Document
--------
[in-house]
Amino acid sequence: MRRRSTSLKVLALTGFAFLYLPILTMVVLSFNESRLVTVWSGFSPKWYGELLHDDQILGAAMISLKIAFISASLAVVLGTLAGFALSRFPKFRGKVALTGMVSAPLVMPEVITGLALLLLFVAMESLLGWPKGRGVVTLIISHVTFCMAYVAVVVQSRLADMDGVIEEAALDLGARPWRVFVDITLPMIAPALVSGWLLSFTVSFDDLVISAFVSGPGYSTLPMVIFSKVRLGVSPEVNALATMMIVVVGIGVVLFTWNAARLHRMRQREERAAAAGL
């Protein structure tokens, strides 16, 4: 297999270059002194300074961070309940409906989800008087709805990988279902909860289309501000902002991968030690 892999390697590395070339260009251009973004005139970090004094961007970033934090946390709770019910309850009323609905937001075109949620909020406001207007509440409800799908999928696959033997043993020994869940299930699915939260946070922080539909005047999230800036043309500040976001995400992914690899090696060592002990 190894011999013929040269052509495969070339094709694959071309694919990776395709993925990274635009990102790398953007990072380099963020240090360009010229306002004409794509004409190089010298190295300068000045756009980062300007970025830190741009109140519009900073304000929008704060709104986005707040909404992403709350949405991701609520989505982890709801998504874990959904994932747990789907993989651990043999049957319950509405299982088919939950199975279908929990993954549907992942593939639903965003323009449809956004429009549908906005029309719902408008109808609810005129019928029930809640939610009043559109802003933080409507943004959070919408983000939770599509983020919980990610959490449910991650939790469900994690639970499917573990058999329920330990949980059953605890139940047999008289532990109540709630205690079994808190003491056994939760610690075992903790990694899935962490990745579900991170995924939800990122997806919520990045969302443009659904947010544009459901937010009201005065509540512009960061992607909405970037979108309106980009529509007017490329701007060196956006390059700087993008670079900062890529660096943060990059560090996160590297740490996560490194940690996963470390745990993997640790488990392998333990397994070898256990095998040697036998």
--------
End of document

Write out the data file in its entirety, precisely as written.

[in-house]
Amino acid sequence: MRRRSTSLKVLALTGFAFLYLPILTMVVLSFNESRLVTVWSGFSPKWYGELLHDDQILGAAMISLKIAFISASLAVVLGTLAGFALSRFPKFRGKVALTGMVSAPLVMPEVITGLALLLLFVAMESLLGWPKGRGVVTLIISHVTFCMAYVAVVVQSRLADMDGVIEEAALDLGARPWRVFVDITLPMIAPALVSGWLLSFTVSFDDLVISAFVSGPGYSTLPMVIFSKVRLGVSPEVNALATMMIVVVGIGVVLFTWNAARLHRMRQREERAAAAGL
């Protein structure tokens, strides 16, 4: 297999270059002194300074961070309940409906989800008087709805990988279902909860289309501000902002991968030690 892999390697590395070339260009251009973004005139970090004094961007970033934090946390709770019910309850009323609905937001075109949620909020406001207007509440409800799908999928696959033997043993020994869940299930699915939260946070922080539909005047999230800036043309500040976001995400992914690899090696060592002990 190894011999013929040269052509495969070339094709694959071309694919990776395709993925990274635009990102790398953007990072380099963020240090360009010229306002004409794509004409190089010298190295300068000045756009980062300007970025830190741009109140519009900073304000929008704060709104986005707040909404992403709350949405991701609520989505982890709801998504874990959904994932747990789907993989651990043999049957319950509405299982088919939950199975279908929990993954549907992942593939639903965003323009449809956004429009549908906005029309719902408008109808609810005129019928029930809640939610009043559109802003933080409507943004959070919408983000939770599509983020919980990610959490449910991650939790469900994690639970499917573990058999329920330990949980059953605890139940047999008289532990109540709630205690079994808190003491056994939760610690075992903790990694899935962490990745579900991170995924939800990122997806919520990045969302443009659904947010544009459901937010009201005065509540512009960061992607909405970037979108309106980009529509007017490329701007060196956006390059700087993008670079900062890529660096943060990059560090996160590297740490996560490194940690996963470390745990993997640790488990392998333990397994070898256990095998040697036998």